Posted by Virus Bulletin on Sep 26, 2011
Messages hidden inside images create extra layer of redundancy.
Researchers at Microsoft have discovered a new variant of the 'Alureon' trojan that uses steganography to make itself invincible against the takedown of botherders' domains.
Steganography, sometimes referred to as 'hiding in plain sight', is the art and science of writing messages in such a way that no one but the intended recipient would even suspect that a message is present. Images are often used for this purpose: the sender uses an existing image and modifies the least significant bit(s) of the colour components of each pixel to contain the message. The difference between the old and the new image will be barely noticeable, but the intended recipient can easily extract the message from it.
Alureon (which also goes by the name of TDSS or TDL) is an oft-researched malware family that uses a number of advanced techniques to avoid detection and increase redundancy. Steganography is the latest such technique: the malware is capable of downloading innocent-looking images from free hosting sites. These images contain an updated configuration file and thus provide an extra layer of redundancy against the domains used by the malware becoming unavailable.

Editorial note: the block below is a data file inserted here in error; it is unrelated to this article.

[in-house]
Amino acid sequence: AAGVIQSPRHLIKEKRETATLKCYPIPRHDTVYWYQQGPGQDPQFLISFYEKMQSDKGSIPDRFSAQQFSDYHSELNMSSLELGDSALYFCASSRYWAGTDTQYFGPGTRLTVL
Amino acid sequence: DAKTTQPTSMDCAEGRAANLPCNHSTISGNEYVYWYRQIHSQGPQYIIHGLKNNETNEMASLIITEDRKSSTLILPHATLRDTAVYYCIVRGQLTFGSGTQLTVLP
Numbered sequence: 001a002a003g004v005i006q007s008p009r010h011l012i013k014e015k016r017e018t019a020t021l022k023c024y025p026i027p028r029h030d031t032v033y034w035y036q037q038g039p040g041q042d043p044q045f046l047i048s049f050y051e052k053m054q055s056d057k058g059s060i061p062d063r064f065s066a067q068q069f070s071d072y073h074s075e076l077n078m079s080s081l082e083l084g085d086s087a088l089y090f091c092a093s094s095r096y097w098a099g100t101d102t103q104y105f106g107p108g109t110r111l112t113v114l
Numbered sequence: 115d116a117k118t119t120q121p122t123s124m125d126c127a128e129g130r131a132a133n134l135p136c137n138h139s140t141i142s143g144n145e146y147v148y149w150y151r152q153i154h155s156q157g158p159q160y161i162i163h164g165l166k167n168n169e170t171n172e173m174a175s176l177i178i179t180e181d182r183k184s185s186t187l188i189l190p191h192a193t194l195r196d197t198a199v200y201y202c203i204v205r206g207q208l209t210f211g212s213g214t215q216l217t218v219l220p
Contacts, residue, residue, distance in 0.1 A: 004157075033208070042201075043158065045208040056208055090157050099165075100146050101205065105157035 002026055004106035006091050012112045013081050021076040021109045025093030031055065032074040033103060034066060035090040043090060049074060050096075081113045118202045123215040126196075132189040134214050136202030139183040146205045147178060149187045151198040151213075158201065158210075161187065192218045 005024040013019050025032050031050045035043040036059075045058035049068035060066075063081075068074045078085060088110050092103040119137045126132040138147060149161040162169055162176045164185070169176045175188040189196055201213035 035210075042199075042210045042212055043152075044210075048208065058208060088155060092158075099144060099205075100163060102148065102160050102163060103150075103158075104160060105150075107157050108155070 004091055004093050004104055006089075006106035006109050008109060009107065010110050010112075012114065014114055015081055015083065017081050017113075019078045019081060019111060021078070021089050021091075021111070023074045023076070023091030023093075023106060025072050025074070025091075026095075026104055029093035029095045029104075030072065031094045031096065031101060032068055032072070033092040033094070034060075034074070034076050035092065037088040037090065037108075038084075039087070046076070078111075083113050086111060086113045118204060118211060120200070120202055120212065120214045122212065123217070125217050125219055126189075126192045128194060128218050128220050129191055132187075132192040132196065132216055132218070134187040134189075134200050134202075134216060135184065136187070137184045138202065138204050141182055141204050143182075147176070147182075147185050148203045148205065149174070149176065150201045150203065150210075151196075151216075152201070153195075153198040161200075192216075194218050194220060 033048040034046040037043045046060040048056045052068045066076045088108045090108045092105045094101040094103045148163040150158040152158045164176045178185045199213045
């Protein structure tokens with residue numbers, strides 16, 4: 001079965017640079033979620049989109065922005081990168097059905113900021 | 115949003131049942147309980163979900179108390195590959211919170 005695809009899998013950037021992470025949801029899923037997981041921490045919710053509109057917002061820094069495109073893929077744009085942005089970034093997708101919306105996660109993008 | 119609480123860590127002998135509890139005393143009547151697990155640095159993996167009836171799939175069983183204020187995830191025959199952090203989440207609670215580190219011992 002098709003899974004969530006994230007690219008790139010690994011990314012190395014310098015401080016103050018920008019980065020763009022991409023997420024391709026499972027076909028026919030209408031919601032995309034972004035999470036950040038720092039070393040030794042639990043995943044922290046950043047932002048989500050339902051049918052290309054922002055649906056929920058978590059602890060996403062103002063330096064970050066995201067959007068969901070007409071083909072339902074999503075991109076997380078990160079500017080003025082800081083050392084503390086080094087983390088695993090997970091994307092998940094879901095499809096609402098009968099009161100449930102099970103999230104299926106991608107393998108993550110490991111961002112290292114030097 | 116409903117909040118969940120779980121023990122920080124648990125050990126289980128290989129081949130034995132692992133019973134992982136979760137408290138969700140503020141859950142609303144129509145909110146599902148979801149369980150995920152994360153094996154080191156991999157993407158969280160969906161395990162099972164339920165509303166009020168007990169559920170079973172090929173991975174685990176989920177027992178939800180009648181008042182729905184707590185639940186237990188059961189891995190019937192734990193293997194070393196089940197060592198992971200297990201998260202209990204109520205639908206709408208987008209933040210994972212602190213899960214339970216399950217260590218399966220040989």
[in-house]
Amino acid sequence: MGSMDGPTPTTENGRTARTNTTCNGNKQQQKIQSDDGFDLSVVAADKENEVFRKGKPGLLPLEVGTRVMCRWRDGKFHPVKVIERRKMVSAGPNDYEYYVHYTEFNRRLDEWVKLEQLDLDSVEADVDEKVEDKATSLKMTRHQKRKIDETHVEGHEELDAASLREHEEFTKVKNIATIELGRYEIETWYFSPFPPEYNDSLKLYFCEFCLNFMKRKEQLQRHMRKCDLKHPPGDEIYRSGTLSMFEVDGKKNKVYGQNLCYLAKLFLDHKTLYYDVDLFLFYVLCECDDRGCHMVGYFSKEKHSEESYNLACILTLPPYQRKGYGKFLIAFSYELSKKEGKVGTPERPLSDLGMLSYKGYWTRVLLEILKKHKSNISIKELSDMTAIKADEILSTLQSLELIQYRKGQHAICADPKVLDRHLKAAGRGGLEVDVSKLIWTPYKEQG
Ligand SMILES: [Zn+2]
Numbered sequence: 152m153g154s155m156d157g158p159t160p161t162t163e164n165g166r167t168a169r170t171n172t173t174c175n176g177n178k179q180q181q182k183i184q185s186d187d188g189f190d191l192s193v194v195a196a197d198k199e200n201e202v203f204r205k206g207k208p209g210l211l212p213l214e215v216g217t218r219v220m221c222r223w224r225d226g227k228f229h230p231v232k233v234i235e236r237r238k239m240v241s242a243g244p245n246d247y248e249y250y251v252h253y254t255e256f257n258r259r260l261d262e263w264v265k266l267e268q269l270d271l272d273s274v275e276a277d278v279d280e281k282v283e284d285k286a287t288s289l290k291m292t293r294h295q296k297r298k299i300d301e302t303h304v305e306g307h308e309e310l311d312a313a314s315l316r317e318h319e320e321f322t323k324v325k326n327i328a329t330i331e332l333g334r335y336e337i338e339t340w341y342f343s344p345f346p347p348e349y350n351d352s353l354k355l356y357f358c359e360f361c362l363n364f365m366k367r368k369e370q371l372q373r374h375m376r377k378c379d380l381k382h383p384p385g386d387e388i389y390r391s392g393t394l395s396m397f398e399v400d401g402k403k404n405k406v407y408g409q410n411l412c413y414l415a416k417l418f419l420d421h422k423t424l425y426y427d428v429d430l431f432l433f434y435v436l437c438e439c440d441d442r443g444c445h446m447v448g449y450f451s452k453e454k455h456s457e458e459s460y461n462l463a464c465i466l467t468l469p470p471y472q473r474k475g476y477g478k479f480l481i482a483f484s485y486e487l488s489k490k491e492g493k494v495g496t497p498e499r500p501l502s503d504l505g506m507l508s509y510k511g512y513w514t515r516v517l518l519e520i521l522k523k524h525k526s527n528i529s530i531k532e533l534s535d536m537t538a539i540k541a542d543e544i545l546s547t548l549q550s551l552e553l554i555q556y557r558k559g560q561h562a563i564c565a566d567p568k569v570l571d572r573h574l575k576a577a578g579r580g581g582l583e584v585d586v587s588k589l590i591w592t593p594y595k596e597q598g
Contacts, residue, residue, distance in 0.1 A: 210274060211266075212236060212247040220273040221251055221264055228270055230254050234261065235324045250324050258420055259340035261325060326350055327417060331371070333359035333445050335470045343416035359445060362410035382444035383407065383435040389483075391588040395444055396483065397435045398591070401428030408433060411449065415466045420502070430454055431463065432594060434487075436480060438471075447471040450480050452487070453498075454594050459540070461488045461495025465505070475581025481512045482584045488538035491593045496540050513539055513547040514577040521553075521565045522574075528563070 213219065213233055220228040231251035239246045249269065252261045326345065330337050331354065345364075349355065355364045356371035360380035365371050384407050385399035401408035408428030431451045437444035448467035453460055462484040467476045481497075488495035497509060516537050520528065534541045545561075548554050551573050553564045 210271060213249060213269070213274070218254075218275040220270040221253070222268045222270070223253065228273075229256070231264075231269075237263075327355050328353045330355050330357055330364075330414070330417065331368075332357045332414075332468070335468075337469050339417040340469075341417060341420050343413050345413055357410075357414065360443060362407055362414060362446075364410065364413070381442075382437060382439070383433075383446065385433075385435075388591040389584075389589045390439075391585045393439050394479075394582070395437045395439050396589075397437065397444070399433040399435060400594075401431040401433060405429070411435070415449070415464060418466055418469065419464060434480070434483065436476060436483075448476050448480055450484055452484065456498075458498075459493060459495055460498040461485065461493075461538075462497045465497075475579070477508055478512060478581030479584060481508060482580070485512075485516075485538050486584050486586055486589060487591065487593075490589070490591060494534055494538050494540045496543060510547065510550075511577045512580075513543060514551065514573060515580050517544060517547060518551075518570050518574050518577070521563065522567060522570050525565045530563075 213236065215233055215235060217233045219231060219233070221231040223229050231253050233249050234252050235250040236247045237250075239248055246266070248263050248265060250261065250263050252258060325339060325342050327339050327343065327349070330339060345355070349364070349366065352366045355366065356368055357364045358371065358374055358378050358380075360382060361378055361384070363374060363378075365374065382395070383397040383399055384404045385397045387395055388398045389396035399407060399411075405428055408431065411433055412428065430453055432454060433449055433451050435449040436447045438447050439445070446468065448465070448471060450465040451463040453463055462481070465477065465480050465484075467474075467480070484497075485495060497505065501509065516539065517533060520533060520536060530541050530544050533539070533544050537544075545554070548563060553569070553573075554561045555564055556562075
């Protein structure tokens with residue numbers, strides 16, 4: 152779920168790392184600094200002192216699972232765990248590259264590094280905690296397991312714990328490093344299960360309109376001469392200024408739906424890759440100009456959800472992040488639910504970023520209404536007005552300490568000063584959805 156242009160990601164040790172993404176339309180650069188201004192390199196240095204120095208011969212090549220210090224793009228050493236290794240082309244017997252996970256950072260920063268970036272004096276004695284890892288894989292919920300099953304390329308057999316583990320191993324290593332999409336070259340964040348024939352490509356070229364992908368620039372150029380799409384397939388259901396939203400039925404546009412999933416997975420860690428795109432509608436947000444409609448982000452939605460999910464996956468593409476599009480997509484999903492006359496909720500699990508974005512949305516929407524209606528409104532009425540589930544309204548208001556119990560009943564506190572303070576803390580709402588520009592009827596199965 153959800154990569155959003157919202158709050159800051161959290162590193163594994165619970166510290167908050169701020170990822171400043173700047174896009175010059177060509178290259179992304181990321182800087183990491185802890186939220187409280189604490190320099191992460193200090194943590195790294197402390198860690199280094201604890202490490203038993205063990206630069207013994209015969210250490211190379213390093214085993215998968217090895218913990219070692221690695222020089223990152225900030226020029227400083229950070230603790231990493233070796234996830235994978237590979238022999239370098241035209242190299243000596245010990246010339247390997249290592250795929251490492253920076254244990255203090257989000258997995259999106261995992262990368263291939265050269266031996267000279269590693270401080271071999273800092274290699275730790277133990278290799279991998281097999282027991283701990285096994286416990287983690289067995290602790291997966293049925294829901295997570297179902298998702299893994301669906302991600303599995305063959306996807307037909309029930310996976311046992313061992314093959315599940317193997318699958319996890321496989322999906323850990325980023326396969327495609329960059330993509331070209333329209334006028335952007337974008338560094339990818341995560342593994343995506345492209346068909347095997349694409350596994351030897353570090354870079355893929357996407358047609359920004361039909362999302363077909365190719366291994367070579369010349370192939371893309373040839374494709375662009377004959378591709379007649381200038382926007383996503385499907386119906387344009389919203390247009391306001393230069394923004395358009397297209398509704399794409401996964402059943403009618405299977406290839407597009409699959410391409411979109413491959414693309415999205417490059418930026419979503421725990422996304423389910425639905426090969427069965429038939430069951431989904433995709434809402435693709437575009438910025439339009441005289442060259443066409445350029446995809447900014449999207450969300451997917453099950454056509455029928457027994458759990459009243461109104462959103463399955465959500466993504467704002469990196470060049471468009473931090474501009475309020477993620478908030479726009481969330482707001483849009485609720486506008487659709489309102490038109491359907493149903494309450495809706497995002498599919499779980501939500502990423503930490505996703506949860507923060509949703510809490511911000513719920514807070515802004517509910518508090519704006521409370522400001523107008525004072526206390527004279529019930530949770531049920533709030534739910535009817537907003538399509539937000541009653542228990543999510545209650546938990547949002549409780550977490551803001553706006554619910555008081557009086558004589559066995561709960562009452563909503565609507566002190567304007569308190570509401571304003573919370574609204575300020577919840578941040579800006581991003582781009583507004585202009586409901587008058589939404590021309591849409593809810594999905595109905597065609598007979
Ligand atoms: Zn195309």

With malware researchers and law enforcement agencies becoming increasingly successful in taking down malicious domains and command and control centres used by botherders, the latter are constantly looking for new ways to control their bots. The use of steganography, as well as for instance the use of DNS TXT records by the Morto worm, show that malware researchers should keep their eyes wide open and may find control commands to be hidden in places where they might least expect them.
More on the Microsoft Malware Protection Center blog here, while here is a blog post by Symantec that shows another way in which crooks could use steganography.
Posted on 26 September 2011 by Virus Bulletin